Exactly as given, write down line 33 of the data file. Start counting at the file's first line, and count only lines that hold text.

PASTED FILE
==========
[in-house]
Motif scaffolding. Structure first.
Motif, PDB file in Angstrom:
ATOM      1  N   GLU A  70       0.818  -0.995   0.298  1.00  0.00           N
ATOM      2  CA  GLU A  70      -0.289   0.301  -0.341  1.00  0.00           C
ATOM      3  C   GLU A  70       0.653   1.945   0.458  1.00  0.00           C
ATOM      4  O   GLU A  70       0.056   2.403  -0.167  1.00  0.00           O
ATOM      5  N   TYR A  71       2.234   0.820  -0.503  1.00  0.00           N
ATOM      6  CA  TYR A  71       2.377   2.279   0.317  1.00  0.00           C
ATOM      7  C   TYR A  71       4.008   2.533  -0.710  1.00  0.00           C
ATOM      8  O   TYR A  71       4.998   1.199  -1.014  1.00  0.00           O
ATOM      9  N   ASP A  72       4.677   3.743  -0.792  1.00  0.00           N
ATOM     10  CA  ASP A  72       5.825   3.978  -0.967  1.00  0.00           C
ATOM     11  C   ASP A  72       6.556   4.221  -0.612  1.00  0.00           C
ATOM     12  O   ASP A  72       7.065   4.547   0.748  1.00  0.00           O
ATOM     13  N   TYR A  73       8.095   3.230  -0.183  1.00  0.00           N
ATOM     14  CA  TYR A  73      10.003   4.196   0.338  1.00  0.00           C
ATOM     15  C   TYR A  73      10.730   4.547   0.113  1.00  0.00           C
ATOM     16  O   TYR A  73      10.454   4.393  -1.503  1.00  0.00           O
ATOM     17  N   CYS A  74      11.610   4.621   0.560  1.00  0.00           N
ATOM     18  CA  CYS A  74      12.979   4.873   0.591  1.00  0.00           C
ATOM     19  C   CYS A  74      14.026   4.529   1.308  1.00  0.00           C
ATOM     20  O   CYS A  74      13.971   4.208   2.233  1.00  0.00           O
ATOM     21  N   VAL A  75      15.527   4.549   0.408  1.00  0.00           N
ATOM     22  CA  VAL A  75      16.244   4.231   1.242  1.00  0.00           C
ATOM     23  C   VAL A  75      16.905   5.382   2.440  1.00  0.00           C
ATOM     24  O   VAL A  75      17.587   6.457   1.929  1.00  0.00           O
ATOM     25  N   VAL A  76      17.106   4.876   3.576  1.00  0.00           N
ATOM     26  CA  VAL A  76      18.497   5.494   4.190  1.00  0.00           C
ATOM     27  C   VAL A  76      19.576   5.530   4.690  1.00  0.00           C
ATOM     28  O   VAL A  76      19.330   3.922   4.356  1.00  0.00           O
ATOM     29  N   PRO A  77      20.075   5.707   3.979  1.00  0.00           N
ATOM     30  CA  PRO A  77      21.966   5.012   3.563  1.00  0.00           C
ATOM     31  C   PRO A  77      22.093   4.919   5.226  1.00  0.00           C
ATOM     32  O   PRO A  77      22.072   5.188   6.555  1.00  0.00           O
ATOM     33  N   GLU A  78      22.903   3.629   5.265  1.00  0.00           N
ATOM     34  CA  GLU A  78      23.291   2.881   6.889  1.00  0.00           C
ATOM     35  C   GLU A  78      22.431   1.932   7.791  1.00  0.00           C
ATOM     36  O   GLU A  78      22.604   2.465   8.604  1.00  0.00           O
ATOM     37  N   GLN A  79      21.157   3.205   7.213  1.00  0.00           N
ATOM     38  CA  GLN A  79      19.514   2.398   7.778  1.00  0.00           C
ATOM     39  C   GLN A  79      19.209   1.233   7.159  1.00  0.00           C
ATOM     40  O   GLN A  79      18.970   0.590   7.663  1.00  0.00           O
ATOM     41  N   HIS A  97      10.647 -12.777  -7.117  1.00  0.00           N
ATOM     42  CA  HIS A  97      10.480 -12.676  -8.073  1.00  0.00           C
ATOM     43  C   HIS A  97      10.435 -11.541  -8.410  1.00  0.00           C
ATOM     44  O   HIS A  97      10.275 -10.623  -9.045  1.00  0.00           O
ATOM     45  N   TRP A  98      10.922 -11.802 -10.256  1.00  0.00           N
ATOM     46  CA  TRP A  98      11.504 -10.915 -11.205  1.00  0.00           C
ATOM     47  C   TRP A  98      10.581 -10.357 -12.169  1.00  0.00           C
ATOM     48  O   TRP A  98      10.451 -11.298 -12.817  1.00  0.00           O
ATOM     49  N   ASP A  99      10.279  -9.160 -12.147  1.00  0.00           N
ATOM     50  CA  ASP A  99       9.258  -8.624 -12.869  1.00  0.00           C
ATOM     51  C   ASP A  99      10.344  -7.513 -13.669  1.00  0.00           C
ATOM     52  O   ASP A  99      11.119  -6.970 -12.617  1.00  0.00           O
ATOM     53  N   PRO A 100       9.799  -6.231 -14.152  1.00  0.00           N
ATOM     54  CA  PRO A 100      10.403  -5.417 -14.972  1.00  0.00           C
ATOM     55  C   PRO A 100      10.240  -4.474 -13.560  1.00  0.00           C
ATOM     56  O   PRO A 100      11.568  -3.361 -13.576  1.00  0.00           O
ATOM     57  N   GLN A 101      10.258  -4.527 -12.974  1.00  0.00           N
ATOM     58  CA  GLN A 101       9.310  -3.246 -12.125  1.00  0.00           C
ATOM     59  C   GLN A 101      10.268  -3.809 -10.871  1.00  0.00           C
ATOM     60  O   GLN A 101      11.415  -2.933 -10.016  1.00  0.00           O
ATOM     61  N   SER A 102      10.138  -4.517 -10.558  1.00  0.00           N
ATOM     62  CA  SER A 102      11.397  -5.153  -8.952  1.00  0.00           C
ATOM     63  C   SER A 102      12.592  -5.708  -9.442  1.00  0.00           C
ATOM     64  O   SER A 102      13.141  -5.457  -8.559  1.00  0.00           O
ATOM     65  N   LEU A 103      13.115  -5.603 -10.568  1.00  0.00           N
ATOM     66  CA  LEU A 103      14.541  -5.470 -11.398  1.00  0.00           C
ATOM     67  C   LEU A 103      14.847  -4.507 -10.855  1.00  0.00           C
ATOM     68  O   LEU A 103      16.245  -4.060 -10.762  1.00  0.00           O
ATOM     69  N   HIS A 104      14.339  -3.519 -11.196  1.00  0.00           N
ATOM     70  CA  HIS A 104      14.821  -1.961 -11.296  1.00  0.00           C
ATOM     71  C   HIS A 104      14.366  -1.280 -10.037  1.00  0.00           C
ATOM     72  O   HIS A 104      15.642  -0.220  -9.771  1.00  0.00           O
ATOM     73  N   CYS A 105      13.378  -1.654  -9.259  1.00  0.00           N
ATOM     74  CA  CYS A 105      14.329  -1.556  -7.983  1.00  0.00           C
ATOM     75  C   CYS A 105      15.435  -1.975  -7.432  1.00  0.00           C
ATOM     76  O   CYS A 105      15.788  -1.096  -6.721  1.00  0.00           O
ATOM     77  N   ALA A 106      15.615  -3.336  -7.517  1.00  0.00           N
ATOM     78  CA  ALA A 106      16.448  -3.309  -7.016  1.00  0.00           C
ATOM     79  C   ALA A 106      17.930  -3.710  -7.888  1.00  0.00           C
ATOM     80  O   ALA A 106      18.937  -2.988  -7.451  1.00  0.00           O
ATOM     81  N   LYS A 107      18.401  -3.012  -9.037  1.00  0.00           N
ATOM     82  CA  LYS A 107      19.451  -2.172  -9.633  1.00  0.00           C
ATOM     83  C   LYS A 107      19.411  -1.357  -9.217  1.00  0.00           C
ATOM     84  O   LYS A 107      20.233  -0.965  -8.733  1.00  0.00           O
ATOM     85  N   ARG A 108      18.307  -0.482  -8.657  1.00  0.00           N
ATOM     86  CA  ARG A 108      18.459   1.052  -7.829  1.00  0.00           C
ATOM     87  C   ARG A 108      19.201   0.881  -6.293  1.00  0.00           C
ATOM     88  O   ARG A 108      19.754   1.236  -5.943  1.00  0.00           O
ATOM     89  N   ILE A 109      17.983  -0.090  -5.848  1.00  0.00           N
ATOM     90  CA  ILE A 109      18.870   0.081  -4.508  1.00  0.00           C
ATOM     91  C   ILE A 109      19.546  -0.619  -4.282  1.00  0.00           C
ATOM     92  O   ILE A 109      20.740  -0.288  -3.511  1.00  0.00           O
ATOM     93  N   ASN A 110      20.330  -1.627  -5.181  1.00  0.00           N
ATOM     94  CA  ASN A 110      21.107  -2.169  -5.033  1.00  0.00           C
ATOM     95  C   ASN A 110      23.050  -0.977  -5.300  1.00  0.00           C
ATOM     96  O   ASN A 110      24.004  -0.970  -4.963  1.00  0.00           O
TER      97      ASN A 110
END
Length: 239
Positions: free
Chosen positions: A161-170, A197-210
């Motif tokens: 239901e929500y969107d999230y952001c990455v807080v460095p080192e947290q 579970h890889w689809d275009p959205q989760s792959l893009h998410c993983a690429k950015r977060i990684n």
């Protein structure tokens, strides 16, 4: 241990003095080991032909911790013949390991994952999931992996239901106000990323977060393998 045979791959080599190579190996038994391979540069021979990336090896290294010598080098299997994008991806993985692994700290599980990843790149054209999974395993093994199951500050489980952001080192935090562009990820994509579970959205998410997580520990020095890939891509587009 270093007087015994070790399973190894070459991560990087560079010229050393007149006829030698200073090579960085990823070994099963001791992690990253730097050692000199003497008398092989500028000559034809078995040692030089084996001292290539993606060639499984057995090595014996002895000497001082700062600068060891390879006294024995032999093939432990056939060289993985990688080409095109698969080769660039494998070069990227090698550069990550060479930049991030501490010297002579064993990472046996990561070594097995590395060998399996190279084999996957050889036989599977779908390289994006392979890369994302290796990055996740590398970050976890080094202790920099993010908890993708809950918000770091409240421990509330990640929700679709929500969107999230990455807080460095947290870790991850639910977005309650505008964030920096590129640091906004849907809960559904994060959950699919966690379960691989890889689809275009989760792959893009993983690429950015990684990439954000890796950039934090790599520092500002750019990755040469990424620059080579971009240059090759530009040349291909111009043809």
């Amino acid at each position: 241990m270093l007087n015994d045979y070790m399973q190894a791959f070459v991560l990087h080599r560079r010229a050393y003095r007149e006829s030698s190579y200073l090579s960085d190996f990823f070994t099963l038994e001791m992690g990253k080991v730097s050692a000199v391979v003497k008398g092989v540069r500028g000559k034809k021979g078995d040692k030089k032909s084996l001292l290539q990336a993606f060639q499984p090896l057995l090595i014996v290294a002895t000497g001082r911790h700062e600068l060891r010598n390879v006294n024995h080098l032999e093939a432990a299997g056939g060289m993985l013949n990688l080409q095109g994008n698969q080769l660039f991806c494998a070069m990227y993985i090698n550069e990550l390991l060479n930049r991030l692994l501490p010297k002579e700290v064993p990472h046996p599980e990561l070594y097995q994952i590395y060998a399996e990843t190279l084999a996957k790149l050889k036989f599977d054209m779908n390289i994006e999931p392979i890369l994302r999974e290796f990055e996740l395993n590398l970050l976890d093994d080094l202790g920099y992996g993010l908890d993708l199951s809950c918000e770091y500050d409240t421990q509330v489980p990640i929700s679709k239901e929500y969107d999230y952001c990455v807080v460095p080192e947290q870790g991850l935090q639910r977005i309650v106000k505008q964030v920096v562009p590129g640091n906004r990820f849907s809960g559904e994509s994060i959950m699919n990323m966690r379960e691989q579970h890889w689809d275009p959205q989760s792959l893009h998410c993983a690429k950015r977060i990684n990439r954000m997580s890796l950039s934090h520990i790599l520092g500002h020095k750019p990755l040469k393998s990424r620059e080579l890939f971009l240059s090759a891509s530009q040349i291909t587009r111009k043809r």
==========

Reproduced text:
ATOM     30  CA  PRO A  77      21.966   5.012   3.563  1.00  0.00           C